Abstract

Occurrence of Nitrate in the Mississippi River Valley Alluvial Aquifer at a Site in Bolivar County, Mississippi

Author(s): Welch, H. ;  Coupe, R.;  Green, C.

Annually in the United States, about 12 million tons of nitrogen are applied as commercial fertilizer causing contamination of surface and groundwater resources. In the Mississippi Delta, large amounts of agricultural chemicals are applied to crops on an annual basis, but are rarely detected in groundwater. Previous studies have indicated that the shallow alluvial aquifer in the Delta is unaffected by anthropogenic activities at the surface because of an overlying impervious clay layer. However, model simulations have indicated that the alluvial aquifer is recharged by a small percentage (5%) of rainfall. In 2005, the U.S. Geological Survey National Water-Quality Assessment (NAWQA) Program began a study in the Bogue Phalia basin to assess how environmental factors and agricultural practices affect the source and transport of agricultural chemicals. Two wells located in a cotton field (surveyed as very fine sandy loam and silty clay) in Bolivar County, Mississippi were sampled for inorganic compounds, nutrients, and field parameters from June 2006 to November 2008. Nitrate was detected at concentrations ranging from 7.2 to 13 mg/L in a shallow well screened near the water table from 27 to 32 feet, but was not detected in a deeper well screened from 70 to 120 feet located approximately one-quarter mile from the shallow well. In June 2008, depth interval sampling was conducted in test holes drilled adjacent to the shallow well to better define the occurrence of nitrate at five depths ranging from 32.5 to 60 feet–between the depths of the shallow and deep wells. Nitrate concentrations decreased with depth in the water column, and there were no detections below a depth of 36 feet. Data indicate that some nitrate is being transported through the unsaturated zone into the alluvial aquifer, but it is being converted fairly quickly into ammonia and nitrogen gas under strong, reducing conditions in the aquifer. The data imply that the aquifer may not be as invulnerable to anthropogenic activities as previously thought.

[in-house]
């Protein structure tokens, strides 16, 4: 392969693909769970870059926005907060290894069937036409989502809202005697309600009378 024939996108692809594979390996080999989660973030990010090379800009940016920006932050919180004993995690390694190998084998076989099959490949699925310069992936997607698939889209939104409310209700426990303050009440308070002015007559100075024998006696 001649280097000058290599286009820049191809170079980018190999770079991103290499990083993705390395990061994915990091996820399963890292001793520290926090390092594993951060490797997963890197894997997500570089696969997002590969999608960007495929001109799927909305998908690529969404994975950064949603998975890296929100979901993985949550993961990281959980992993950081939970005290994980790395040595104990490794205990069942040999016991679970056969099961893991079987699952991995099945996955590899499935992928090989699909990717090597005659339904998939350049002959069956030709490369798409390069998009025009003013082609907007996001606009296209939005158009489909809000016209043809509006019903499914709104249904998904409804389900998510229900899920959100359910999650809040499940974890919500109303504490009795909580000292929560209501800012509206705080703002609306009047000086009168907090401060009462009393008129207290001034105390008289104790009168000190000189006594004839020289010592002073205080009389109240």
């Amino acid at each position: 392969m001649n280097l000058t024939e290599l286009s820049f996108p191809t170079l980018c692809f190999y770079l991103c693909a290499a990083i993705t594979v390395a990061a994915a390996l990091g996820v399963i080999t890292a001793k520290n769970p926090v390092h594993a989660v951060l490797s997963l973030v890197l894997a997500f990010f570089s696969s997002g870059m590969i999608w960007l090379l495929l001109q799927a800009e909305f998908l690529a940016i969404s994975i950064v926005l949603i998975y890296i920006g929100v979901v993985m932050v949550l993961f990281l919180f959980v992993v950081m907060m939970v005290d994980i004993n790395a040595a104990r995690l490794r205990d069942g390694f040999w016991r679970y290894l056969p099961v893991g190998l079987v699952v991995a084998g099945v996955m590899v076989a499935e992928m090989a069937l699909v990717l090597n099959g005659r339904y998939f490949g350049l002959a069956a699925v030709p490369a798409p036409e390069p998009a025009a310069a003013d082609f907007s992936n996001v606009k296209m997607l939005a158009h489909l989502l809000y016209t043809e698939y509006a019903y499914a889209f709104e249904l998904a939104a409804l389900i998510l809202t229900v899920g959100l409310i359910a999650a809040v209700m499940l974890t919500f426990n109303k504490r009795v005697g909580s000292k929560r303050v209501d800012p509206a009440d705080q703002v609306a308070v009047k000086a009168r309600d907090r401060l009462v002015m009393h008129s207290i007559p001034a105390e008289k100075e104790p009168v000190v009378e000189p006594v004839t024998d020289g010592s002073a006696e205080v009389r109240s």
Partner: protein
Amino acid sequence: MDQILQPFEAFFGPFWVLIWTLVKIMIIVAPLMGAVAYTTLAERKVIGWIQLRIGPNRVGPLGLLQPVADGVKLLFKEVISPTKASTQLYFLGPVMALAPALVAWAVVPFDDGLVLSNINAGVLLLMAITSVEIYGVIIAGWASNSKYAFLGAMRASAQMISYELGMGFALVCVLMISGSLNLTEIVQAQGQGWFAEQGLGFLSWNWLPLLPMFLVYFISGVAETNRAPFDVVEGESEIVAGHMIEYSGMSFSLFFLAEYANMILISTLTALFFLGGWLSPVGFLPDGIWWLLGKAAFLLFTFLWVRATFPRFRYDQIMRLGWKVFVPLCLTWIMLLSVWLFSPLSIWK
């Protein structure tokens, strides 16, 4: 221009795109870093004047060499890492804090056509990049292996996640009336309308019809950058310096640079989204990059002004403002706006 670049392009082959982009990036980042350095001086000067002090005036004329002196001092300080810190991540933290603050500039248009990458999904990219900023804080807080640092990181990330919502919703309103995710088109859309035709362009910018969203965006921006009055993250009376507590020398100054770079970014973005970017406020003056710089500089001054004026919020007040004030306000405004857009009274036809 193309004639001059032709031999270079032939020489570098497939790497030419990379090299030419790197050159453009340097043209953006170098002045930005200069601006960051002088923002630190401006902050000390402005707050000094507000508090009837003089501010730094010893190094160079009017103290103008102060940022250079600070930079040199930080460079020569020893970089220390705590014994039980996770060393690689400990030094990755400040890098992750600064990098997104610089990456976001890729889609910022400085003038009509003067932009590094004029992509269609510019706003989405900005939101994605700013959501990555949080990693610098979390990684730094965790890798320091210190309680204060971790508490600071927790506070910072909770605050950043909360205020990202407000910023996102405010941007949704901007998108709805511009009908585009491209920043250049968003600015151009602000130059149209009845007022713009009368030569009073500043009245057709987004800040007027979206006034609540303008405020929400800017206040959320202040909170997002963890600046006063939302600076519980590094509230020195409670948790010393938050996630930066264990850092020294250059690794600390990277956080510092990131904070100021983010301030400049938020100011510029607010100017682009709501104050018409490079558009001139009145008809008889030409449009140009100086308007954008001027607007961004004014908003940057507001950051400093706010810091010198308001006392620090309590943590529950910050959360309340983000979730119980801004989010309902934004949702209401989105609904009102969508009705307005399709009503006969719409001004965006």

Technical Presentations

  • Delta Water Quality
  • Delta Water and Agriculture
  • Wetlands
  • Water Quality
  • Sediments
  • Non-Point
  • Management and Sustainability
  • Wood Treatment
  • Modeling
  • Soil and Water Treatment

Workshops

Responsible Site Design: Implementing Innovative Stormwater Management Strategies

The primary goal of the workshop is to create a dynamic learning experience that examines the role of stormwater management in the built environment. The workshop will focus on integrating ecologically sound water management approaches into site design. After the workshop, attendees will be familiar with the following concepts and technical issues:

  • Knowledge of the stormwater treatment chain
  • Knowledge of the impact of land use codes on stormwater management
  • Application of a design process that mitigates the effects of stormwater on-site
  • Knowledge of the relationship between land use codes and design for innovative stormwater management

Information

For information contact:
Jessie Schmidt
MWRRI
Box 9680
Mississippi State, MS 39762
662-325-3295
jschmidt@cfr.msstate.edu